Letters: It’s time to honor Joan Baez’s Edinburgh connections

In her mother’s hometown, Alan A. Small writes, “It has long amazed me that someone with Joan’s lifelong humanitarian, peace, and civil rights activism (to say nothing of her art) has gone unrecognized by any major educational establishment.”

The second daughter of an English Anglican priest, Joan Baez (née Bridge), also known as Joan Senior or “Big Joan,” was born in Edinburgh in 1913. She was born in April 1913 and passed away on April 20, 2013, a few days after turning 100.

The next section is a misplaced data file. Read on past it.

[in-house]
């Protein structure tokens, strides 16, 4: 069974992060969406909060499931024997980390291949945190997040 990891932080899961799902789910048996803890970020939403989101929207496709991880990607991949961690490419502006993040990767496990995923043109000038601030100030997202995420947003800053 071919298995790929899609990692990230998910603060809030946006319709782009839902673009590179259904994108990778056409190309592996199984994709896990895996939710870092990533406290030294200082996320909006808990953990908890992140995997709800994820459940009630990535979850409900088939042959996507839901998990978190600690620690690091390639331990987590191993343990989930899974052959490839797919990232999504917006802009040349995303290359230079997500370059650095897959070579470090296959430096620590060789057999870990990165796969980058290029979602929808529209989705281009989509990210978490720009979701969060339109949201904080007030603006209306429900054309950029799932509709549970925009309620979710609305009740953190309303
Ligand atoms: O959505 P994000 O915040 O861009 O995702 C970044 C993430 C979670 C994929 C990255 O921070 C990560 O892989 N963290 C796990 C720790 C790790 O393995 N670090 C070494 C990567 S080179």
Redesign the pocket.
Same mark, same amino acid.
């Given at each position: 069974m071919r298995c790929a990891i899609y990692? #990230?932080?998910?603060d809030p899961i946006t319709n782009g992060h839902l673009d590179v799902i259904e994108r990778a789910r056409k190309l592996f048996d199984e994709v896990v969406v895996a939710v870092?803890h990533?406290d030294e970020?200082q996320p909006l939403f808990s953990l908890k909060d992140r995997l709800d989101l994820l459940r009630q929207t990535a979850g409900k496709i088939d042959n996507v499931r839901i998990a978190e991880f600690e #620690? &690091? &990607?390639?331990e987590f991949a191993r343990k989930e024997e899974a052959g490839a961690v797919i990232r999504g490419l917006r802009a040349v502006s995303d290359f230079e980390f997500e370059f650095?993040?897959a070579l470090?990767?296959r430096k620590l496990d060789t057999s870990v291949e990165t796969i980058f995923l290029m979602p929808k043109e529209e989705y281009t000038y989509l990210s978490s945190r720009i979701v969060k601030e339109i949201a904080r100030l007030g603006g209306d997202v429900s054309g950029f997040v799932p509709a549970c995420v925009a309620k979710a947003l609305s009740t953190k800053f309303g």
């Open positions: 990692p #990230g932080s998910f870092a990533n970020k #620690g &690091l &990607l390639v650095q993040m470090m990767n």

In Scotland, poets, writers, and singers have always been at the forefront of movements for social justice and freedom. Joan has dedicated her life to using her artistic talent to draw attention to injustice and discrimination. Perhaps it would be appropriate, given the current climate of escalating racism and the ongoing use of weapons of mass terror against civilian populations worldwide, for the city of Edinburgh or one of its educational institutions to formally acknowledge the enormous lifetime contribution made by one of the city’s granddaughters to music, humanitarian causes, and world peace.

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